Press ReleaseJune 8th, 2017
Press ReleaseNovember 1st, 2016
Press ReleaseOctober 14th, 2016
Turtle Island’s Gulf of Mexico Office and our Sea Turtle Restoration Project work to protect and restore populations of endangered sea turtles and marine biodiversity on the Texas Coast and throughout the Gulf. A new study from the University of Miami shows that far more (320,000) endangered sea turtles were likely exposed to toxic oil from BP’s Deepwater Horizon explosion five years ago than previously thought, making our efforts to safeguard these turtles even more critical. For nearly 25 years the project has safeguarded sea turtles and engaged the public in our conservation efforts through education, outreach, beach nesting patrols, classroom visits and other habitat protection efforts. Learn more below and join us!
Photo © Ron Wooten
Texas Sea Turtle Nesting Beach Patrol
In 2014, Turtle Island began coordinating volunteer recruitment, training and scheduling of the Upper Texas Coast Nesting Beach Monitor Program.
The Upper Coast program, initiated by Dr. Andre Landry of Texas A&M University, is one of six patrol units on the Texas Coast that provides vital sea turtle nesting data, first responders when sea turtles are sighted by the public, and crucial training to volunteers.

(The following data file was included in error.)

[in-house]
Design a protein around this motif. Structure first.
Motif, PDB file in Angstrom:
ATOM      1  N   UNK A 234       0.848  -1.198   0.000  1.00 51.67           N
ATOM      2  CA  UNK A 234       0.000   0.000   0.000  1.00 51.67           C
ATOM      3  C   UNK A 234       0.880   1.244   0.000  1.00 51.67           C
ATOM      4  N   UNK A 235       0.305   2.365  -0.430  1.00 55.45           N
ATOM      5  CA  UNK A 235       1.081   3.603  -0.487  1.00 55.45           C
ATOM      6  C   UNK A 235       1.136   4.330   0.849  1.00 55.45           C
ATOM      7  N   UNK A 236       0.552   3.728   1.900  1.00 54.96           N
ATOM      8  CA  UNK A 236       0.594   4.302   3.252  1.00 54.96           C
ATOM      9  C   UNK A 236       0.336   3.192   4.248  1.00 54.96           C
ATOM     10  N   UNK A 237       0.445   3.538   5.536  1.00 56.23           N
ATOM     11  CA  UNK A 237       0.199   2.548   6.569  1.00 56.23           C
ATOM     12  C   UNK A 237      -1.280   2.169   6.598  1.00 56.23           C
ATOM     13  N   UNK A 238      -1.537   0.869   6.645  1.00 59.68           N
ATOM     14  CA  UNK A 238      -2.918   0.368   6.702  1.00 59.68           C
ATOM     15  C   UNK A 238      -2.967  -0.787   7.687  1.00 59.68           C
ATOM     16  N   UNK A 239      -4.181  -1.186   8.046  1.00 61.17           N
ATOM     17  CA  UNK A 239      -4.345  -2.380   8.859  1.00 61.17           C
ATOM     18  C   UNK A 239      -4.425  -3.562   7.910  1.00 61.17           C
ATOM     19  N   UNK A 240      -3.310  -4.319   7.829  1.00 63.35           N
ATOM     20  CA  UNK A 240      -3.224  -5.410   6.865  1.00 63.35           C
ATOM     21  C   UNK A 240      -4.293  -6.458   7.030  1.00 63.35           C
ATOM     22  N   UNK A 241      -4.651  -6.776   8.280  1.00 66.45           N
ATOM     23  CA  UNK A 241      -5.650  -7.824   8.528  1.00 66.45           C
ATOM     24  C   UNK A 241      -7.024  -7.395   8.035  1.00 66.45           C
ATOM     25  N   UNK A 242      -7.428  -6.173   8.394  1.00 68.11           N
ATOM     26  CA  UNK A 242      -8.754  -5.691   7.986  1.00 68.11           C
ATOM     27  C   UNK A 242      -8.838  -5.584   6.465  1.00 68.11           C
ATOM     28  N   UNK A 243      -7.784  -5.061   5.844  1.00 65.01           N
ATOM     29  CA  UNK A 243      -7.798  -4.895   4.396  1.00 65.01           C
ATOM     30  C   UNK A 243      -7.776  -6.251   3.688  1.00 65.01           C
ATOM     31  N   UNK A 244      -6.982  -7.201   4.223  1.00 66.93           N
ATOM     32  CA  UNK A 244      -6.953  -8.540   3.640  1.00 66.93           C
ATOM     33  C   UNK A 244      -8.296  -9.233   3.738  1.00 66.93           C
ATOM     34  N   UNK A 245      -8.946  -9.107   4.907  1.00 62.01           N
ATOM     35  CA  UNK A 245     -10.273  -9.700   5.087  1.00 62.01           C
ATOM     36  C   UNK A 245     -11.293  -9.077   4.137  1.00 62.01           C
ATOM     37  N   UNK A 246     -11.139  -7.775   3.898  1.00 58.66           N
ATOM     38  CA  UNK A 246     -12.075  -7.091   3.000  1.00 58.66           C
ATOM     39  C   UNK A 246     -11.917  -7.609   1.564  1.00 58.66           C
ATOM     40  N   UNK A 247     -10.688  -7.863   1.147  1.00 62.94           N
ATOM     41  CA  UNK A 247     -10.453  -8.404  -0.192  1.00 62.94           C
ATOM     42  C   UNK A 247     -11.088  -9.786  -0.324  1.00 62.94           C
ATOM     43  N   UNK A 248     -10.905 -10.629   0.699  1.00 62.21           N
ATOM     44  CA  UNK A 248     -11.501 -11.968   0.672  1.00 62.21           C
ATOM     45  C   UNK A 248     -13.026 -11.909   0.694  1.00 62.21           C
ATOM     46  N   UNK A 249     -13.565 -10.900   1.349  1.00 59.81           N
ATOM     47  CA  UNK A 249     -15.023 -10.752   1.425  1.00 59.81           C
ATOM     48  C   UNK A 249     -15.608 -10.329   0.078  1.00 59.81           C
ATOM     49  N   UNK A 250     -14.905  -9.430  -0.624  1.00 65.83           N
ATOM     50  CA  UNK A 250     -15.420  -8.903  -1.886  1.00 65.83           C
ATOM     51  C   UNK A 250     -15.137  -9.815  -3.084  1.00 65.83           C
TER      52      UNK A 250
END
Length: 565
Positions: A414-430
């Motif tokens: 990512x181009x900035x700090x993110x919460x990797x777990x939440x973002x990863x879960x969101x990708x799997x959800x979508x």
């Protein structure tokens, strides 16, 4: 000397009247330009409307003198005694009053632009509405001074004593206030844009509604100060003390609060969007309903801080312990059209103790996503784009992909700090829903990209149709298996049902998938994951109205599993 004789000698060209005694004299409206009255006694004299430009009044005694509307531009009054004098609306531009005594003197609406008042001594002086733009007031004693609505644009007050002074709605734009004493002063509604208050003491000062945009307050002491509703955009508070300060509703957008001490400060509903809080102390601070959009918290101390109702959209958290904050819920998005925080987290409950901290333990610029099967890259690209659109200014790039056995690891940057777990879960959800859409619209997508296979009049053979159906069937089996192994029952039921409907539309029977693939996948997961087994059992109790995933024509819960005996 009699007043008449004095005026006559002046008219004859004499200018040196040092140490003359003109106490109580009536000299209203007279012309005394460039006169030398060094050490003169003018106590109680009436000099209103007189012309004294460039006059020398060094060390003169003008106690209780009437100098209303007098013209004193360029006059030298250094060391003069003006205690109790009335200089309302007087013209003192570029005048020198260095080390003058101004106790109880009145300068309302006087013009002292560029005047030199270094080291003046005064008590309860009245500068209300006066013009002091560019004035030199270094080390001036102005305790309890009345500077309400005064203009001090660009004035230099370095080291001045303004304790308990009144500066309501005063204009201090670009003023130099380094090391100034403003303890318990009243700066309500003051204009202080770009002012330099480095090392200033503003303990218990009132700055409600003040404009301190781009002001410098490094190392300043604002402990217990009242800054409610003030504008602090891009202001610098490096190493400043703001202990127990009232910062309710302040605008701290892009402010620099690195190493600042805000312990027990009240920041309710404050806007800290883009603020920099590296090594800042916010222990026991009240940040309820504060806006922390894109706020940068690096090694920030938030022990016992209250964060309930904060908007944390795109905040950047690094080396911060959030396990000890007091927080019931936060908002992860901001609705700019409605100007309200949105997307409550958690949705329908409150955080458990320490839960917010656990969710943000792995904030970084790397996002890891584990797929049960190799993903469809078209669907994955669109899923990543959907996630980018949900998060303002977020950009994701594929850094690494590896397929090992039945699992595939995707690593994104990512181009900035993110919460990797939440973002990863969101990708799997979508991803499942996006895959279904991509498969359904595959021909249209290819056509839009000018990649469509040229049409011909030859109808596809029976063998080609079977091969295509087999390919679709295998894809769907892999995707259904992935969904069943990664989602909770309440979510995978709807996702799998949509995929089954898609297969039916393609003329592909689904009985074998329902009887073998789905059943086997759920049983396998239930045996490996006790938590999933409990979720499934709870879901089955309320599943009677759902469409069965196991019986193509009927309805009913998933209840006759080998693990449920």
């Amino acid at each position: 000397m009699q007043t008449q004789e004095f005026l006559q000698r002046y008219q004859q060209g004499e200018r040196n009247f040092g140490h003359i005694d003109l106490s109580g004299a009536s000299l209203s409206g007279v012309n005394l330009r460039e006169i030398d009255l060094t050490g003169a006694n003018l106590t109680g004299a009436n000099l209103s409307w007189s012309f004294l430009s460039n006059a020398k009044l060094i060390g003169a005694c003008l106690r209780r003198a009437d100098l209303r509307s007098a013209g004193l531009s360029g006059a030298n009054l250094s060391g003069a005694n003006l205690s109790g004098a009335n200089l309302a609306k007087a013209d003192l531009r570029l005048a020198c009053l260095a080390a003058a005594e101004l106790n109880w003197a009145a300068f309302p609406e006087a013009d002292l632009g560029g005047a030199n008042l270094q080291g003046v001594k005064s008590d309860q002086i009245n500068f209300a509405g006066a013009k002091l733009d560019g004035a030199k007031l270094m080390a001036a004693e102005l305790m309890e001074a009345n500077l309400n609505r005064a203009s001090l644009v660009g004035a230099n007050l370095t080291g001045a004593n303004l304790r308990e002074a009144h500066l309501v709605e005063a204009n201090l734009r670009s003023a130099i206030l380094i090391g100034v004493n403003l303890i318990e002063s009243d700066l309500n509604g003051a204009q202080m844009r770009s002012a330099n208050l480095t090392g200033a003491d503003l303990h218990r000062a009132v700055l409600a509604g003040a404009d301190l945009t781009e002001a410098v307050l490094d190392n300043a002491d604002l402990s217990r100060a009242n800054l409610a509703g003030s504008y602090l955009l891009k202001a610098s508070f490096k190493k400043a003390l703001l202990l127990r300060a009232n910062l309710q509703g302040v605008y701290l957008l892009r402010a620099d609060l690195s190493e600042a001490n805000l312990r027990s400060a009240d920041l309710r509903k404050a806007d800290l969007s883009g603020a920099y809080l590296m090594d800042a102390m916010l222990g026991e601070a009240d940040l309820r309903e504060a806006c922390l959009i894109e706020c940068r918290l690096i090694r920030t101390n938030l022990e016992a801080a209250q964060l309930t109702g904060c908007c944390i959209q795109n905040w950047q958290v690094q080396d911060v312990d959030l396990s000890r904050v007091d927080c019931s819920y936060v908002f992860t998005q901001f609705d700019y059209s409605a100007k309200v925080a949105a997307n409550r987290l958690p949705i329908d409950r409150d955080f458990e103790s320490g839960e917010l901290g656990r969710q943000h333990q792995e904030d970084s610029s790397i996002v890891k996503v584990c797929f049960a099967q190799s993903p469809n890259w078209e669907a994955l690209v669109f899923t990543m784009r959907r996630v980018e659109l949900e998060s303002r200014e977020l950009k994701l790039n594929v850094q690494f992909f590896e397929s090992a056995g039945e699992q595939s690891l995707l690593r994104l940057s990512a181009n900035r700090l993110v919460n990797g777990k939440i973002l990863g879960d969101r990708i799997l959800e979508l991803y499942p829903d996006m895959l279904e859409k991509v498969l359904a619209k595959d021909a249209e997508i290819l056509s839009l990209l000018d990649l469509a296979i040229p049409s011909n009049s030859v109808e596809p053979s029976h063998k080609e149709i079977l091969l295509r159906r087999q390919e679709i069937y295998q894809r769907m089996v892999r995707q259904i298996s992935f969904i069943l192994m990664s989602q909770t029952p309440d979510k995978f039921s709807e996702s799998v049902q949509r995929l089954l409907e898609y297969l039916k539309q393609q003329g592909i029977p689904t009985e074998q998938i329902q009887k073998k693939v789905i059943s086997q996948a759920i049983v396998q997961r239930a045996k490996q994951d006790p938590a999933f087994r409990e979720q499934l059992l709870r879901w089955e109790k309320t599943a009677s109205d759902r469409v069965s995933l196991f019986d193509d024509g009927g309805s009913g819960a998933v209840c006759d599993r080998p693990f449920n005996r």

The 2017 sea turtle nesting season is over, see the total number of nests here: https://seaturtles.org/turtle-count/
Watch a sea turtle nesting here:
Sea Turtle Action Center (Come Visit!)
The Galveston-based Sea Turtle Action Center is a hub for all of our Gulf of Mexico activities. It serves as a volunteer and outreach center in the heart of historic Galveston, Texas. If you would like to volunteer with our office, donate artwork or services please email email@example.com or call (409) 795-8426. View a photo tour of our work in the region by clicking here.
Education and Outreach
In the last decade, Turtle Island has reached more than 30,000 students and teachers in Texas to inform and inspire them about sea turtles and the Gulf ecosystem. This year we began our work to establish two Ocean Guardian Schools in the Gulf of Mexico. Learn about Ocean Guardian Schools.